Vendée Globe, two “anachronistic” heroines

Seized on the phone between two maneuvers, in the middle of a last weather depression, the voice cracked, while their arrival became clearer, on February 23 and 24. Isabelle Joschke and Samantha Davies remember the arrival of the first sailors at Les Sables d’Olonne, when both had the means to slip into the top 5 of this Vendée Globe, or even higher. “I had just passed Cape Horn, I told myself that I should have been fighting with them and I still had a month at sea before I hug my son”, explains Samantha Davies.

→ PORTRAIT. Samantha Davies, the more than solitary of the Vendée Globe

She is still not done with the troubles, a stone’s throw from an arrival that she refuses to anticipate. “I broke my forestay (the rope connecting the mast to the front of the boat), I had to climb at the head of the mast, get bruised everywhere for a makeshift repair with another cable, I’m missing sails, it’s still dangerous ”, warns the one who moved the world of sailing by choosing to return to sea out of the race, after a stopover following a violent collision in the South Atlantic.

The Franco-German Isabelle Joschke, who precedes her by a few tens of miles, was close to Brazil when the first made landfall. After sailing with a very high risk of overturning due to the keel damage which forced her to take a break, she was disappointed not to be part of the Vendée festival. While being focused on deciding whether or not to leave. “ I wanted to send everything for a walk and take the plane back to Paris, she admits, but it was in anger. JI quickly told myself that I couldn’t leave my boat like that, he and I had left together for a world tour, we had to finish it together. “

A lot of men wouldn’t have left

Finish what has been started, take the boat to port, like a good sailor. Obviously for the sailors of the first editions of the Vendée Globe, such as the two pioneers of women’s ocean racing, Isabelle Autissier and Catherine Chabaud, who had also chosen to join Les Sables d’Olonne outside the ranking, with their injured boat. But the use has been lost in recent editions, which are more focused on performance than adventure. “A lot of guys got back on the plane when they could have continued after a damage. They were annoyed not to have played for the win ”, says the man who probably knows the most racing secrets, Doctor Chauve, Vendée Globe doctor.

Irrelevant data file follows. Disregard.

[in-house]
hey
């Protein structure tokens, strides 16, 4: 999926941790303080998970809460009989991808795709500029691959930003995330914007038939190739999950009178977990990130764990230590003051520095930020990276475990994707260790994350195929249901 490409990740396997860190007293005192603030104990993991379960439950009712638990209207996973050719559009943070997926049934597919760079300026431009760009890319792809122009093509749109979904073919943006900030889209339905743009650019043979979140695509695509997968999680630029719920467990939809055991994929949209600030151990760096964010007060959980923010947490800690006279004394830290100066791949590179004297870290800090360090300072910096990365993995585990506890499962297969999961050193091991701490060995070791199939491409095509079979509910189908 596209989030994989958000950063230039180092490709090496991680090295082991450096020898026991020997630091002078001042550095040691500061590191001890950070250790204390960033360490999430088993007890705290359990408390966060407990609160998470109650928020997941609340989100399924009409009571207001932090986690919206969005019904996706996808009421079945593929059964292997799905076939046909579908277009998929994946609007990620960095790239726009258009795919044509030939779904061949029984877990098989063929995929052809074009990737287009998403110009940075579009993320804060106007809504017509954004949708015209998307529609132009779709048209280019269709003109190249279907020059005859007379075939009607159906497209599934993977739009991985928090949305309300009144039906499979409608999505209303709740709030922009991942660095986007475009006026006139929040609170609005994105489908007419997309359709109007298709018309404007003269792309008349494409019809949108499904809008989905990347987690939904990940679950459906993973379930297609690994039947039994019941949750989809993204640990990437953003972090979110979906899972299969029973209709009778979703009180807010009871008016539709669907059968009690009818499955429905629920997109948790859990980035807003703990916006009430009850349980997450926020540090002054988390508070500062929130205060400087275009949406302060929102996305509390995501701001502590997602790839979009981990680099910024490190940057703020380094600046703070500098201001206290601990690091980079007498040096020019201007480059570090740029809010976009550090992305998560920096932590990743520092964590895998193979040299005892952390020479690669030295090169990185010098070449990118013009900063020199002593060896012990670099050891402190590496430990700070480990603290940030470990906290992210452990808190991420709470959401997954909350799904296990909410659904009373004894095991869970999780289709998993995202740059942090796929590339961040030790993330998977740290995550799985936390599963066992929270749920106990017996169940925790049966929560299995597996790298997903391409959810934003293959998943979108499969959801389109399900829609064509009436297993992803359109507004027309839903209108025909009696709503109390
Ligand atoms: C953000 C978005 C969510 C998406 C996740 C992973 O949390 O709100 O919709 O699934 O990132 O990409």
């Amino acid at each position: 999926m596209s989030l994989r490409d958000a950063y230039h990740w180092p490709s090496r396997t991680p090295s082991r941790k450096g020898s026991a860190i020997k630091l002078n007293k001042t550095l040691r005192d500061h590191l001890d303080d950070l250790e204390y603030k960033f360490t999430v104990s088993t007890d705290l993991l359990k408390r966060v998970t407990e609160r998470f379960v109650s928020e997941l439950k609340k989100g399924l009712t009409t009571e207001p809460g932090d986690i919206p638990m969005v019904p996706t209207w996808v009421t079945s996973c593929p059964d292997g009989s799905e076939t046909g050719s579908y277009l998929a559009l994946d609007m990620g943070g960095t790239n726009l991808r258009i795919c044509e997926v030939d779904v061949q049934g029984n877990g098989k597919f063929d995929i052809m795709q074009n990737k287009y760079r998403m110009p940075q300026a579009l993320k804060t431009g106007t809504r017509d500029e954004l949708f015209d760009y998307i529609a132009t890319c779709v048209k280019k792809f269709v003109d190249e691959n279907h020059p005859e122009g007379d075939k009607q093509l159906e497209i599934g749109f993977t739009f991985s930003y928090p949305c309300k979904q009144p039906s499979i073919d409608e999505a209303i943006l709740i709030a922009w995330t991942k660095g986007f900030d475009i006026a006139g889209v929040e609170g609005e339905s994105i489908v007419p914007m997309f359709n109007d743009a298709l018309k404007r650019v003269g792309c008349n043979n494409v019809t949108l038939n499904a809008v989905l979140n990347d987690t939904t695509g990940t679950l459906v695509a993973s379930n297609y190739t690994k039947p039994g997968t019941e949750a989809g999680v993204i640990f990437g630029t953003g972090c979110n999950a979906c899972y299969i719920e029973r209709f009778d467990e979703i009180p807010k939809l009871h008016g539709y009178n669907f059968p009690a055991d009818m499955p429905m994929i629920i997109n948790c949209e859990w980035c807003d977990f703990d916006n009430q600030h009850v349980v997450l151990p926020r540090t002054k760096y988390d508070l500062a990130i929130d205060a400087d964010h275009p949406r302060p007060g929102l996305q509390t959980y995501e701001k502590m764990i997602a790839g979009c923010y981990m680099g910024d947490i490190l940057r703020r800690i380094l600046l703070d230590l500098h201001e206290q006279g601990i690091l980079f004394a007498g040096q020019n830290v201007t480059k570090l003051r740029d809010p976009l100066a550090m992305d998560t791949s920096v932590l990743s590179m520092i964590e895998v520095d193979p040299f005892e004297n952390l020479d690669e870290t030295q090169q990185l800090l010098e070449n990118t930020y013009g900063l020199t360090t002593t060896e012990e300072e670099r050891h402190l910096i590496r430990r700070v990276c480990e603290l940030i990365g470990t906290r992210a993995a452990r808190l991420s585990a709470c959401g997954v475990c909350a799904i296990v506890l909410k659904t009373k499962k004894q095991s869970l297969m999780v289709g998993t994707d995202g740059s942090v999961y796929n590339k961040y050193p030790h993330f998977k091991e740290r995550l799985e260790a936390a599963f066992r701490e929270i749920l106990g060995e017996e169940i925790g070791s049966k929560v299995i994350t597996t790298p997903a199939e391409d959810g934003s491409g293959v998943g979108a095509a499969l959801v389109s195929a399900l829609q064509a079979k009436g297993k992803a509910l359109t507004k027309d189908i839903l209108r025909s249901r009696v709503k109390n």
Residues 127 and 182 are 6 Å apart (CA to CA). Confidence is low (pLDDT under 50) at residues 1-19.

“Samantha suffered her damage when she had not even passed the Cape of Good Hope, she had two months alone at sea with her disappointment, I have less merit because I was able to pass the Cape Horn during the race, that nobody will take it away from me ”, specifies Isabelle Joschke who has not lost a crumb in the race of her colleagues thanks to a 100% female WhatsApp group which has crackled since the start on November 8. ” We, the girls, there were six of us at the start and each had an extraordinary race, she continues. Take Pip Hare, she’s 19e with the oldest boat in the fleet ”,

We must look at the inner path

“It’s a strong enough symbol to see that the two fastest girls on paper, with the best boats, Isabelle and I, are out of the race, Samantha Davies continues. I will not go so far as to say that it is more beautiful like that, it would be too easy because I already have the finisher trophy on my shelf (she finished 4e of the Vendée Globe 2007-2008). But the human experience has been extraordinary, she confides. I was afraid of dying after my collision, then the fear when leaving, that made me stronger, I think ”.

A serenity shared by Isabelle Joschke. “Of course, I still have heart pangs thinking about the standings, she agrees. It will last a bit after the finish, but it will fade over time. A good place would have rewarded years of work, but you have to look at the inner path, glides the navigator. I now know who I am, I know my faults and my qualities and basically, all this damage puts us in our place. That of very small human beings facing nature. “


They sailed hand in hand

One had a keel repaired but not necessarily very safe, the other almost dismasted… Isabelle Joschke and Samantha Davies went up the Atlantic side to side, a few tens of miles away, in case one should have had to. help the other. For a while, the project of a group arrival on Tuesday 23 February was abandoned, because Samantha Davies’ disabled boat is much slower. In addition, the sponsor of the Briton, Mécénat Surgery Cardiac, preferred to organize a separate event during its scheduled arrival on Wednesday 24, around the children operated on thanks to the money collected along the way.


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